As we've noted before, the Sit-Lie ban that went in to effect last year has had negligible effects on the Upper Haight. According to the Chronicle's latest Sit/Lie report, the ban might have been effective in getting the suburban crustpunks to move along, but the folks with the most citations are the tie-dyed and dried-out old homeless hippies who continue to rack up more than 25 sit/lie citations apiece.

There are three people who have achieved that level of sit/lie notoriety in the neighborhood and according to the Chron at least two of them are "just the sort of rangy, tie-dyed old-hippie types visitors expect to see along this hippie-est of streets, and they draw smiles as they greet strollers with high-fives and peace signs." Tourist attractions, in other words, and alcoholic ones at that: "When they're drunk, though, the smiles disappear. The pair lurch about with sloshing beer cans, get into fights and sprawl snoring on the sidewalk."

Between them, these two slumped-over photo opportunities have received 59 sit/lie citations just for living the Haight-Ashbury dream. An they've ignored every single one of them. Likewise for Jennifer McCloud, who holds the record at 46 sit/lie citations, but has since left the neighborhood for the psychiatric ward of a local jail after being arrested on seven different misdemeanor warrants. The point of all those citations — if they're not going to reap any immediate monetary benefit for the city — is to get these guys off the street and in to housing and other helpful programs, of course.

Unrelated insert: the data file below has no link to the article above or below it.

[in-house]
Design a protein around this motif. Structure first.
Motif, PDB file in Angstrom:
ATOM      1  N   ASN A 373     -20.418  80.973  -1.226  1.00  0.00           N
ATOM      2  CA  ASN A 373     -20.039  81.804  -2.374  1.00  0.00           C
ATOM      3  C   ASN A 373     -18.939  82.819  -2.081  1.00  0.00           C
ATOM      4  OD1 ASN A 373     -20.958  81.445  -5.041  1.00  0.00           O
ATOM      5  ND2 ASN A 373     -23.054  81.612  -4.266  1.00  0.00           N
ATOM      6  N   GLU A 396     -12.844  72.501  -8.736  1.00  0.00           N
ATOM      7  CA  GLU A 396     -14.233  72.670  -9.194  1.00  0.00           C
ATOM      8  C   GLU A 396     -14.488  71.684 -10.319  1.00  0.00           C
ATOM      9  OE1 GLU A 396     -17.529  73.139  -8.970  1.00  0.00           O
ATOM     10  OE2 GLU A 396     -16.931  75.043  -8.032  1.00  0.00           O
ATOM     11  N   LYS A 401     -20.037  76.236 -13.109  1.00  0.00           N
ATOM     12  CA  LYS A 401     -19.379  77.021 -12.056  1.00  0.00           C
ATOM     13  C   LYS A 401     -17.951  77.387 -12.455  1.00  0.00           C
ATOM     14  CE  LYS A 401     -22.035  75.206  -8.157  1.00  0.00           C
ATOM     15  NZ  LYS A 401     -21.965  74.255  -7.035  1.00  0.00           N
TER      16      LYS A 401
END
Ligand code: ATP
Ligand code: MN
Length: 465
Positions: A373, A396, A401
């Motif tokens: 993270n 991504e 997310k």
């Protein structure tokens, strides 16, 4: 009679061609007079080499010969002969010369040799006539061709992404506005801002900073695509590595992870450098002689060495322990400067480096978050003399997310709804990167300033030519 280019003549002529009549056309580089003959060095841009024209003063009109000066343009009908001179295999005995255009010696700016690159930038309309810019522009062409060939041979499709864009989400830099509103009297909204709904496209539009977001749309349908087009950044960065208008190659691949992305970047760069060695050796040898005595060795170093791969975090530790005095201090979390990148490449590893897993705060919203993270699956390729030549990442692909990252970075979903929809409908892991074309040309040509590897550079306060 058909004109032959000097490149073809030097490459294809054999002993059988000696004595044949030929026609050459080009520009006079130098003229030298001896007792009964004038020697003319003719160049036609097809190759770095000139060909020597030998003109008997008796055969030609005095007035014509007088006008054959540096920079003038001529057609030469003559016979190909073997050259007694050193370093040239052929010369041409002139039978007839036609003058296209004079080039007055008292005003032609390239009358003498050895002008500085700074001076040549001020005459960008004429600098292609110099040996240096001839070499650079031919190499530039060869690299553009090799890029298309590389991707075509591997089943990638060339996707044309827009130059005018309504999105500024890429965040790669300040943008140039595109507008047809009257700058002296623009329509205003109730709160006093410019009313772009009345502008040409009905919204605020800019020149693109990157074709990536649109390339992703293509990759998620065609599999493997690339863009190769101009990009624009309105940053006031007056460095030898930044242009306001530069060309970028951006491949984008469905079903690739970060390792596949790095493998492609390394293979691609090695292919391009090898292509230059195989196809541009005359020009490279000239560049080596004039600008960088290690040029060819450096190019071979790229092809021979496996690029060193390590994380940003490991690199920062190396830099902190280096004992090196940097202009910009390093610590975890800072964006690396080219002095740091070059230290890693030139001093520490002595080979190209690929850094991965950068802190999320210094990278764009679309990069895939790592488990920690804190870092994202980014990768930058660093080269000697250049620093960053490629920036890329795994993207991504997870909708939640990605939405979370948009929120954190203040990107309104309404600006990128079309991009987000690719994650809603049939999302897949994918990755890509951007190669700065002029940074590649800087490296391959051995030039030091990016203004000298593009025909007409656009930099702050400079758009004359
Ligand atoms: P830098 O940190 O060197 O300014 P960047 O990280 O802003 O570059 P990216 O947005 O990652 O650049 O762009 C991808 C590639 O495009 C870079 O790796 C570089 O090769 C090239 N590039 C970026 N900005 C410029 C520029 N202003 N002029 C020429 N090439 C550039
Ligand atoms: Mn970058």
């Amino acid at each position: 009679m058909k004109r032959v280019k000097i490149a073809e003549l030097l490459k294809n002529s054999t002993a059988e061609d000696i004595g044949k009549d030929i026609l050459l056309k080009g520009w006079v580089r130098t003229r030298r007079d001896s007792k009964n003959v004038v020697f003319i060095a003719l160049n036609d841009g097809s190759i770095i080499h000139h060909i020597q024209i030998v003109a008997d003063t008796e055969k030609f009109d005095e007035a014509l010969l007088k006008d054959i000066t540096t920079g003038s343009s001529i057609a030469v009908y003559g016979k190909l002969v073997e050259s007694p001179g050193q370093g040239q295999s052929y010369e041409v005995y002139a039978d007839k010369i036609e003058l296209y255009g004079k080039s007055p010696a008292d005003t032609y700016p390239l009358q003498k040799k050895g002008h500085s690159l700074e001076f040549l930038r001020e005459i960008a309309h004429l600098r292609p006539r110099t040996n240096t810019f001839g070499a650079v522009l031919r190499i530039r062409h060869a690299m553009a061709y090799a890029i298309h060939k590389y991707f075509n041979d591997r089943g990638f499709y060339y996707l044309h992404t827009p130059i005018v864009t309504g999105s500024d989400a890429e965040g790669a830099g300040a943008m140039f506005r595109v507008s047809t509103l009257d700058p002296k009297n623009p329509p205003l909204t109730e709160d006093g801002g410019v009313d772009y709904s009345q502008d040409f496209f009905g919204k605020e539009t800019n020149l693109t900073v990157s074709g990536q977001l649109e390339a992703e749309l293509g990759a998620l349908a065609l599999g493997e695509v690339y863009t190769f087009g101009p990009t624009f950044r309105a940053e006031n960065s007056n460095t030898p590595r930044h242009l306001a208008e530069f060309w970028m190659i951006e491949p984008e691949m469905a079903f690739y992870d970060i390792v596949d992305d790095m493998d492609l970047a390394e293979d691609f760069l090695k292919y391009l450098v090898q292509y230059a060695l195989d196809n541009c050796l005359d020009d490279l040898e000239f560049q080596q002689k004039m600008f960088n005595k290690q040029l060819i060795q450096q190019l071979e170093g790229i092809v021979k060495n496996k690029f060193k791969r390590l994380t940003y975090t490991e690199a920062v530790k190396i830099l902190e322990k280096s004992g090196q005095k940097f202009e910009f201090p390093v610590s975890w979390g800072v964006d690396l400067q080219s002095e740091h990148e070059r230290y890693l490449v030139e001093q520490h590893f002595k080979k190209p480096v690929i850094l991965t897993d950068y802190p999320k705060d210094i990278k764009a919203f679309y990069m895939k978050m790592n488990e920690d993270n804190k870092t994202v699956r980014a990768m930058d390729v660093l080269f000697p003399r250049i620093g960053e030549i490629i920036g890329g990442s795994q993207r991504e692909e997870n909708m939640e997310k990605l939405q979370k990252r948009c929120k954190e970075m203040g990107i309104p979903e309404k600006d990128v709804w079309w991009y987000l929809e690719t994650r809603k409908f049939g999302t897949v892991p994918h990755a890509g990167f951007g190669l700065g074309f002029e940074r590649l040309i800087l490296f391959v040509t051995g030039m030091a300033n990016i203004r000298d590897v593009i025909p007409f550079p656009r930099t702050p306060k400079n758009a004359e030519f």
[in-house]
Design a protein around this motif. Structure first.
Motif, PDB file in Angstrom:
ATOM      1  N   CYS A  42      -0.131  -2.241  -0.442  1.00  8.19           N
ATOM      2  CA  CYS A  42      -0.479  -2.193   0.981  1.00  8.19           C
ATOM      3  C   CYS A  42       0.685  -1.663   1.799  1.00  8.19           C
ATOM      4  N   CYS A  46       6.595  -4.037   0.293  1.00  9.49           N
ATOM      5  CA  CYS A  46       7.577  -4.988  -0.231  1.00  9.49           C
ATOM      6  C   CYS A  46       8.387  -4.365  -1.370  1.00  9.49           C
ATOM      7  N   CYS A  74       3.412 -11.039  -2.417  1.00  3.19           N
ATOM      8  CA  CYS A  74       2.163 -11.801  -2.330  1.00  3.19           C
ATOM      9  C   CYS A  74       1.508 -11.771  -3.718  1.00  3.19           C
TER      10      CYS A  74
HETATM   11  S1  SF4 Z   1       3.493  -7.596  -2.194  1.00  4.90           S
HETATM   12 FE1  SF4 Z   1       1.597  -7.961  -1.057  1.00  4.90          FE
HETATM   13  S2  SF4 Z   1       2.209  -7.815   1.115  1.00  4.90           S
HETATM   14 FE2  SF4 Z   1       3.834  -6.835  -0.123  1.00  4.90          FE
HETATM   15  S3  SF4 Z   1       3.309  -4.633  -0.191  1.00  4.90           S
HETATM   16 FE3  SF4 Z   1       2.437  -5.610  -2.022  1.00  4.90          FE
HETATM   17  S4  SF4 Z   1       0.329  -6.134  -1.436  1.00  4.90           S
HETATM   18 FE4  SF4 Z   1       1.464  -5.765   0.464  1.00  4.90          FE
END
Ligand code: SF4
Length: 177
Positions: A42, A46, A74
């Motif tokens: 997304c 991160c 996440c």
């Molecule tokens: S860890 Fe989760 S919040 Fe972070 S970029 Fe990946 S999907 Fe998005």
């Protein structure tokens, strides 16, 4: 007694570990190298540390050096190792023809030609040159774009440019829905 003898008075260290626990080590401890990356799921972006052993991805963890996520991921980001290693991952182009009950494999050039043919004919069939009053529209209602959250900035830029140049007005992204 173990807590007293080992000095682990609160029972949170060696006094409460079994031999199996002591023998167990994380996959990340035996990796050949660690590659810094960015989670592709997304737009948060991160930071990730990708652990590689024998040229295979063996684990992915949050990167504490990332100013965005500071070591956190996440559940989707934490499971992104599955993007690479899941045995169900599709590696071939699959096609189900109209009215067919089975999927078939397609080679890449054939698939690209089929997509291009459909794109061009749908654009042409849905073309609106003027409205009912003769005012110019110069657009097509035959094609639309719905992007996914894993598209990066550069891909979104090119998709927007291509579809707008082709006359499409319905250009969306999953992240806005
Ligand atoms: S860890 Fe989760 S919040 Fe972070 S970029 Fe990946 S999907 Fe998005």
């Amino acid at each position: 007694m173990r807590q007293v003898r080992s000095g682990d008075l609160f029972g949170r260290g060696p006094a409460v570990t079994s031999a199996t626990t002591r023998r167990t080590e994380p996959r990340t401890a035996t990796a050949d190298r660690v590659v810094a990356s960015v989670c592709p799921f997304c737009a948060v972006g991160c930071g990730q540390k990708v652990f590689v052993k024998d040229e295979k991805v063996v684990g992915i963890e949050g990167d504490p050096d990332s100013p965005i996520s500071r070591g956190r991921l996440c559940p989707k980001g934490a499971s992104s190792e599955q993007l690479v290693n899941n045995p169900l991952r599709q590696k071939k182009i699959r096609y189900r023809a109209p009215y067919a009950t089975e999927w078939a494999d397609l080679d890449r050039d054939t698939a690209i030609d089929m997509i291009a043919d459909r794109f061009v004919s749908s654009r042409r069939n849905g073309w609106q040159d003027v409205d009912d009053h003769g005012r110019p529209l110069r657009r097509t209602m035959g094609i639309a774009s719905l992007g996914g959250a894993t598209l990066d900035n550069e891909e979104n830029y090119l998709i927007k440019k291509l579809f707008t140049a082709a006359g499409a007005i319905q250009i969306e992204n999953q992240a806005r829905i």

Those may scare off the younger generation of would-be vagrants, but the old-school alcoholics are committed to the lifestyle. As one of the Haight's better-known winos tells the Chronicle, "I'd love to move inside, but can I afford $3,000 a month? No. Do I want to live in one of those places the city gives homeless people in the Tenderloin, around a bunch of junkies? No. So I'm here."

As for the middle ground: the merchants on Haight Street, the ones who pushed for the ban in the first place, still can't agree on whether or not it's working. But at least one corner store booze supplier has come to peace with the current state of the Haight, explaining "Let's face it, the Haight is the Haight," he said. "The law makes no real difference. I have to handle things myself, so I treat people with kindness and I expect the same."